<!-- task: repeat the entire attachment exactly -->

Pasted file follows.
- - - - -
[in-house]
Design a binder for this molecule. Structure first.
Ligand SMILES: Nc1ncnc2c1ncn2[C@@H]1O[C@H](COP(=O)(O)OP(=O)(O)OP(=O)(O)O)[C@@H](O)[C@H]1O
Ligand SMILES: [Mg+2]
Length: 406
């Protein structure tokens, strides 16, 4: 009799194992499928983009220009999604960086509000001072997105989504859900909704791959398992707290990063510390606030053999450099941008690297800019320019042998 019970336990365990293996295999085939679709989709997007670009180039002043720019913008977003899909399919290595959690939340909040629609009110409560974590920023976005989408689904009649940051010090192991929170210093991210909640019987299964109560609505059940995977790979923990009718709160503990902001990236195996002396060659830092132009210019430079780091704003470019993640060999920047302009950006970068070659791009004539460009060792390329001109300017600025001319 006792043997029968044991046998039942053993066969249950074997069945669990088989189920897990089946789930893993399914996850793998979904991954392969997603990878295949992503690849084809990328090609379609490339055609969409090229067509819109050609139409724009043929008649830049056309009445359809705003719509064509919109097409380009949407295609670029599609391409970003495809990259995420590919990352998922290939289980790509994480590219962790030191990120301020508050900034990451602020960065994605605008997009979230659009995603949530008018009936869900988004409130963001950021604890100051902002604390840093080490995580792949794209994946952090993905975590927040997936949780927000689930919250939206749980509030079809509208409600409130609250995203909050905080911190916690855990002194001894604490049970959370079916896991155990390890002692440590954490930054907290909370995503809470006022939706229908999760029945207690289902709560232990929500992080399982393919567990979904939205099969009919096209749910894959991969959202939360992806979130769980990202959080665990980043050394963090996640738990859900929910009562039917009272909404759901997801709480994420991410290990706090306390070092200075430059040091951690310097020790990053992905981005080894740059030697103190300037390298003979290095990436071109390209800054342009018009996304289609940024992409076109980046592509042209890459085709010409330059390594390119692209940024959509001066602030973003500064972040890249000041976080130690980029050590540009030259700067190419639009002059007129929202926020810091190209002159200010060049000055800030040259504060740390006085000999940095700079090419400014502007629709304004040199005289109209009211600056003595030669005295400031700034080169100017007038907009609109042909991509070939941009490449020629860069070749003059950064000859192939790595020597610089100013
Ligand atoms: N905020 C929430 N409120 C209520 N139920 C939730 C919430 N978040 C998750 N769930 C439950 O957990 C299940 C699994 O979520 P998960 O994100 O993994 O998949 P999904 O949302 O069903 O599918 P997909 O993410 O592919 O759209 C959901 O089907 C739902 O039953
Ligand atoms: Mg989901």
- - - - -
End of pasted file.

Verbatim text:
[in-house]
Design a binder for this molecule. Structure first.
Ligand SMILES: Nc1ncnc2c1ncn2[C@@H]1O[C@H](COP(=O)(O)OP(=O)(O)OP(=O)(O)O)[C@@H](O)[C@H]1O
Ligand SMILES: [Mg+2]
Length: 406
């Protein structure tokens, strides 16, 4: 009799194992499928983009220009999604960086509000001072997105989504859900909704791959398992707290990063510390606030053999450099941008690297800019320019042998 019970336990365990293996295999085939679709989709997007670009180039002043720019913008977003899909399919290595959690939340909040629609009110409560974590920023976005989408689904009649940051010090192991929170210093991210909640019987299964109560609505059940995977790979923990009718709160503990902001990236195996002396060659830092132009210019430079780091704003470019993640060999920047302009950006970068070659791009004539460009060792390329001109300017600025001319 006792043997029968044991046998039942053993066969249950074997069945669990088989189920897990089946789930893993399914996850793998979904991954392969997603990878295949992503690849084809990328090609379609490339055609969409090229067509819109050609139409724009043929008649830049056309009445359809705003719509064509919109097409380009949407295609670029599609391409970003495809990259995420590919990352998922290939289980790509994480590219962790030191990120301020508050900034990451602020960065994605605008997009979230659009995603949530008018009936869900988004409130963001950021604890100051902002604390840093080490995580792949794209994946952090993905975590927040997936949780927000689930919250939206749980509030079809509208409600409130609250995203909050905080911190916690855990002194001894604490049970959370079916896991155990390890002692440590954490930054907290909370995503809470006022939706229908999760029945207690289902709560232990929500992080399982393919567990979904939205099969009919096209749910894959991969959202939360992806979130769980990202959080665990980043050394963090996640738990859900929910009562039917009272909404759901997801709480994420991410290990706090306390070092200075430059040091951690310097020790990053992905981005080894740059030697103190300037390298003979290095990436071109390209800054342009018009996304289609940024992409076109980046592509042209890459085709010409330059390594390119692209940024959509001066602030973003500064972040890249000041976080130690980029050590540009030259700067190419639009002059007129929202926020810091190209002159200010060049000055800030040259504060740390006085000999940095700079090419400014502007629709304004040199005289109209009211600056003595030669005295400031700034080169100017007038907009609109042909991509070939941009490449020629860069070749003059950064000859192939790595020597610089100013
Ligand atoms: N905020 C929430 N409120 C209520 N139920 C939730 C919430 N978040 C998750 N769930 C439950 O957990 C299940 C699994 O979520 P998960 O994100 O993994 O998949 P999904 O949302 O069903 O599918 P997909 O993410 O592919 O759209 C959901 O089907 C739902 O039953
Ligand atoms: Mg989901």